Start / Publikationer / Xi Jinping’s Visit to Moscow in March 2023

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On March 20, 2023, Chinese President Xi made his first visit to Moscow since Russia’s full-scale invasion of Ukraine in 2022 for bilateral talks with Russian President Putin. The three-day meeting – marking the 40th physical encounter between the two autocrats and “best friends” – followed China’s proposed “peace plan” for the war, and signed articles by the two leaders in each other’s newspapers. The meeting resulted in various cooperation agreements in strategic, economic, technological, and other areas. What do these developments signify? Experts from SCEEUS, NKK and FOI explain.


Hugo von Essen, analyst, SCEEUS

For Russia, Xi’s visit plays a crucial role in reinforcing efforts to show that Russia is not friendless, and that Western attempts to isolate Russia are unsuccessful. China is Russia’s sole reliable strategic partner on the global stage, making the visit essential for Russia for further strengthening this critically important relationship. Moreover, China has provided vital support to Russia since the war began – diplomatically, politically, economically, and militarily – helping sustain the Russian economy and war efforts. Putin might therefore hope that the meeting heralds even more Chinese backing, particularly additional military aid for the struggling, sanction-stricken Russian defense industry.

Interestingly, both in his pre-meeting article for Chinese media and during the first day of Xi’s visit, Putin reiterated his September 2022 statements regarding his respect for China’s “well-balanced position” and its peace efforts. Although China’s concept of “peace” aligns with Russia’s interests, Russia thereby also promotes China’s peacemaker image, and acknowledges Chinese concerns.

During the meeting, the ever-increasing power imbalance was on clear display: while Xi modestly commended Putin and Russia, Putin lavished excessive praise on Xi and China; while Xi discussed cooperation areas, Putin enumerated everything Russia would do for China – increase energy exports, allow Chinese companies to replace Western ones in Russia, trade with third countries using the yuan, and grant China a strategic role in the development of Russia’s Far East and High North.


Christopher Weidacher Hsiung, China analyst, FOI

Xi's visit serves as a clear reminder that for China and Russia, the best way to navigate a volatile and increasingly hostile international environment is by sticking together. The war has put China in a difficult position, needing to balance its strategic partnership with Russia against maintaining crucial trade relations with the US and Europe.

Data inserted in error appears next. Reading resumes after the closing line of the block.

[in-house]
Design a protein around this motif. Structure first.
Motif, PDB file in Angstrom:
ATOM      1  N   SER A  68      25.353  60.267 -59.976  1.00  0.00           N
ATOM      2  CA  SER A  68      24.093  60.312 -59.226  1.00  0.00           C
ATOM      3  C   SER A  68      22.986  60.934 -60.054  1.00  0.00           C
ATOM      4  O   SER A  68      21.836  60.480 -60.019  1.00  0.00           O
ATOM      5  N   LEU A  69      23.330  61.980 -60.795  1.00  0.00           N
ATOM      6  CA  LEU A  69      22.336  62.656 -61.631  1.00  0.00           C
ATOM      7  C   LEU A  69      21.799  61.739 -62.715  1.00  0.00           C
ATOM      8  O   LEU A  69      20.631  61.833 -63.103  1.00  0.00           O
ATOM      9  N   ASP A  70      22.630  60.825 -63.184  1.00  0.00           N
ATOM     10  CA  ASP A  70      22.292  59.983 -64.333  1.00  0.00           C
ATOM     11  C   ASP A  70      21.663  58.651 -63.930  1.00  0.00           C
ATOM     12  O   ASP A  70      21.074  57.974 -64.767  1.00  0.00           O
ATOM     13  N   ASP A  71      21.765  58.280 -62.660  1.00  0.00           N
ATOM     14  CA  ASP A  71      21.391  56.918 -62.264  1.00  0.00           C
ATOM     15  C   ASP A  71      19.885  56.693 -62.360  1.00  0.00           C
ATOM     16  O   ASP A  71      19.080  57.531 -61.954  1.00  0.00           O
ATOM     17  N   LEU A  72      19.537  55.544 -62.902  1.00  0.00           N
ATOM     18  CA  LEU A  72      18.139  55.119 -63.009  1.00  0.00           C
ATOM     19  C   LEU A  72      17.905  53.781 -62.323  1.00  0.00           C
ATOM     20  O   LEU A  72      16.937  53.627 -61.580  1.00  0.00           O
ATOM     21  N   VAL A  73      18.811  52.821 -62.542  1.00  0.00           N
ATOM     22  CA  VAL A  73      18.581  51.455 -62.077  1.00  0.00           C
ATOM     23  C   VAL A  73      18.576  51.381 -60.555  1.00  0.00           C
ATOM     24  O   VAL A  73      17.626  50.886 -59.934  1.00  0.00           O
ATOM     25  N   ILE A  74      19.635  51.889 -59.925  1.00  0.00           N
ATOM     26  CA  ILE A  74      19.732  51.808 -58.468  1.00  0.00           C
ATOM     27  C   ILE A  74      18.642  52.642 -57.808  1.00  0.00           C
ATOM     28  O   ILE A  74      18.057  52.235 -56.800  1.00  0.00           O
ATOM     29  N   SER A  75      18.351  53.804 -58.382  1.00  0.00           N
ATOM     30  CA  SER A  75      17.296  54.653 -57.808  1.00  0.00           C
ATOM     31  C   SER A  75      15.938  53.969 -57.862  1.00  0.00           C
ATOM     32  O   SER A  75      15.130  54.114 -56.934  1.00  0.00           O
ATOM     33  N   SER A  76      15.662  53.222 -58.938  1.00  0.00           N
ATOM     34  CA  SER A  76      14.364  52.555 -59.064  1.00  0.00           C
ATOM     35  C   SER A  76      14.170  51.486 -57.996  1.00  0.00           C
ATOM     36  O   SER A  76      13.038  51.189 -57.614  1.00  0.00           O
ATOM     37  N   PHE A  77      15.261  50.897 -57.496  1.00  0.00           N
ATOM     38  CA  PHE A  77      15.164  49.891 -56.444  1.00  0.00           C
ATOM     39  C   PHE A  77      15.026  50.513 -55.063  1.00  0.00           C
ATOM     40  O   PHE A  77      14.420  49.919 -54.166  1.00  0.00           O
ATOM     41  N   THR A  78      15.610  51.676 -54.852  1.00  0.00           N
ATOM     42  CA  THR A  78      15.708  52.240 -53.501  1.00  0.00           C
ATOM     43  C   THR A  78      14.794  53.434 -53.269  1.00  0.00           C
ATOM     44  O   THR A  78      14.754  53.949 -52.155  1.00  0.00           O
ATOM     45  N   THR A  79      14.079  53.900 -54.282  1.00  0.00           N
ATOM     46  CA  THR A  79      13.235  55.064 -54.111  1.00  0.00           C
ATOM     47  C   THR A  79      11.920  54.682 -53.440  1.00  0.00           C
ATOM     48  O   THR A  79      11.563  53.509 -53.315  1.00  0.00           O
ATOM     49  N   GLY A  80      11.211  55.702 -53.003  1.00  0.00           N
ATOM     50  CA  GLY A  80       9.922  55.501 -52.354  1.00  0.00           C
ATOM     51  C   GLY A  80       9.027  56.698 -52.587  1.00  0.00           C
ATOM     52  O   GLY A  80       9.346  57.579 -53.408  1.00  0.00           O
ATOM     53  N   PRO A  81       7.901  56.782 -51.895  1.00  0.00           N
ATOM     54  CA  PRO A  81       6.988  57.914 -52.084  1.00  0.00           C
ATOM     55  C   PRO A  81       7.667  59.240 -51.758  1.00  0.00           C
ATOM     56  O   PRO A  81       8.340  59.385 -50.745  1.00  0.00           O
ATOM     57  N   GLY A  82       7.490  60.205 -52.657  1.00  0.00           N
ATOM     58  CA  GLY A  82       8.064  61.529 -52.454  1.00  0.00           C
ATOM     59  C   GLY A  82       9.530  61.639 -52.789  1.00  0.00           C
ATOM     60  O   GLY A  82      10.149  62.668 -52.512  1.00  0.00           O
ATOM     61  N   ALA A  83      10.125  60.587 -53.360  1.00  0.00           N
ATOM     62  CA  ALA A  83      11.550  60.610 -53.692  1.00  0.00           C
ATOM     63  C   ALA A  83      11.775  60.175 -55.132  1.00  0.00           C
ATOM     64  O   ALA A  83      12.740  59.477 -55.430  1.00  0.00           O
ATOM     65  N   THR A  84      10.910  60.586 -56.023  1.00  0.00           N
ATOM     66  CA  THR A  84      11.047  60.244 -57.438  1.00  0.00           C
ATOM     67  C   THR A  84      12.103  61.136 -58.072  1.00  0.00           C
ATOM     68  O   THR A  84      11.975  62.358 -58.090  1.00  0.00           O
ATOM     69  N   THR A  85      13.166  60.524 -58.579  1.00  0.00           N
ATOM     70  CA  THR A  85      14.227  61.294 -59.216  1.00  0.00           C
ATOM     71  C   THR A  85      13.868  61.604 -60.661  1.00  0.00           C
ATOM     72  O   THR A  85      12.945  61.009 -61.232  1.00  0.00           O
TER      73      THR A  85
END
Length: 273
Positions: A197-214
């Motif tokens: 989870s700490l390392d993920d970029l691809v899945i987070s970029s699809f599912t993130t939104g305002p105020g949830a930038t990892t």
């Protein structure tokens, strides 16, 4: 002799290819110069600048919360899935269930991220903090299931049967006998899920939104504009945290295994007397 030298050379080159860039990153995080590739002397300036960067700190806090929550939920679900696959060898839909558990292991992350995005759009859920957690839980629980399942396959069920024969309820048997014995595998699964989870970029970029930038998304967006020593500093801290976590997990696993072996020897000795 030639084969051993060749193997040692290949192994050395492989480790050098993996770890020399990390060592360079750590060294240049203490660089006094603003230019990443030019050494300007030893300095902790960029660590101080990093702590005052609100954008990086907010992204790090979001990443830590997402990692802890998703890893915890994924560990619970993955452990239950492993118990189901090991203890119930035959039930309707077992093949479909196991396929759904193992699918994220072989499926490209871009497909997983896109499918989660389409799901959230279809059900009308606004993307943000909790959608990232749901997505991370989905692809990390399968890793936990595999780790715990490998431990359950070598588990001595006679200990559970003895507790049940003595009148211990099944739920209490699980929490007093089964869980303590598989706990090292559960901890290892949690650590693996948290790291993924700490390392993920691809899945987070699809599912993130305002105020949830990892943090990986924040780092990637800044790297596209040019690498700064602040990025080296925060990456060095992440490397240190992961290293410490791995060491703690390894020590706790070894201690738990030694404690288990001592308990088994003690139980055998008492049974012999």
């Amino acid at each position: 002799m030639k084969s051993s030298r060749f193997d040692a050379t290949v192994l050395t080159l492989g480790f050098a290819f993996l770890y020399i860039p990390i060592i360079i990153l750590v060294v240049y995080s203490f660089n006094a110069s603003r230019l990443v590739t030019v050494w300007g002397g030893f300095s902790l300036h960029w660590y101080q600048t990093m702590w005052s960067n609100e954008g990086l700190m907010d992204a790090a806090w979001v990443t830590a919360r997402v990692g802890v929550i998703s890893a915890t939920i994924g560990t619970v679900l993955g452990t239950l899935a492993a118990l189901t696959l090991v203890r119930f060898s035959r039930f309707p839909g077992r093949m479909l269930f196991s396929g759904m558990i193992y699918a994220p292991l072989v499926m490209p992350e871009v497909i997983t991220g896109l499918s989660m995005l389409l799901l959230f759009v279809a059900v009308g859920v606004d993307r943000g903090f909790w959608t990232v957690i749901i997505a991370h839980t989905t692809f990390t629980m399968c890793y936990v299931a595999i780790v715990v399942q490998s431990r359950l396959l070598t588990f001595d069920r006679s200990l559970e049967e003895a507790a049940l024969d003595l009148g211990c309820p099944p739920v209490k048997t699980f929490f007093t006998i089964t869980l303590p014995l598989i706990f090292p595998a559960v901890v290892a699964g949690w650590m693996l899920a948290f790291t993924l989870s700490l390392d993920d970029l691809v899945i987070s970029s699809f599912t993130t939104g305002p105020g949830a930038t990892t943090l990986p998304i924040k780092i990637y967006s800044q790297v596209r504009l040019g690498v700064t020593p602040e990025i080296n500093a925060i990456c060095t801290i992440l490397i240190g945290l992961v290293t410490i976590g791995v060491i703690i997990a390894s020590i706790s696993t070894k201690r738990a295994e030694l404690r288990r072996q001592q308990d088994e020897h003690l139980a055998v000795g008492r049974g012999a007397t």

China has indicated its desire to play a more active role in mediating the war in Ukraine, and some see the Chinese "12-point position paper" as a sign of uneasiness. However, despite the challenges Putin's war against Ukraine presents for China, Xi seems willing to continue siding with Russia. China's position paper should therefore be viewed as a public relations effort aimed at European and Global South audiences, rather than a genuine attempt to achieve peace.

Ultimately, the primary message from Xi and Putin was to showcase a robust Sino-Russian strategic partnership during a time when both countries are locked in an increasingly intense strategic rivalry with the US. The political elite in both nations share a very strong common threat perception of the US as a geopolitical and ideological challenge. As long as this remains the case, which is likely for the foreseeable future, the Sino-Russian relationship will not only endure but also continue to deepen.


Patrik Andersson, analyst, NKK

The joint statements between China and Russia did not present any significant surprises but were still interesting for several reasons. They were somewhat more restrained than previous statements, making no references to the “limitlessness” of the relationship, although hyperbolic language was still used. For instance, Sino-Russian relations were described as “having reached the highest level in history”, while continuing “to move forward”, and as a superior model to the Cold War alliances.

The two sides committed to further deepening cooperation in a multitude of areas, with an emphasis on economic collaboration. On the miliary front, the statements mentioned enhancing military cooperation but – as anticipated – did not address any Chinese military assistance for Russia’s war efforts in Ukraine.

In some instances, the Russian and Chinese positions struggle to coexist, resulting in bizarre inclusions, such as the statement that “the two sides call on all parties to stop all actions that promote tension and prolong the fighting.”

It remains to be seen what implications the state visit will have on Russia’s war against Ukraine, but it does not seem to have led to any substantial deviations from existing polices. However, through deepened economic cooperation, China will continue to facilitate the Russian war efforts.  

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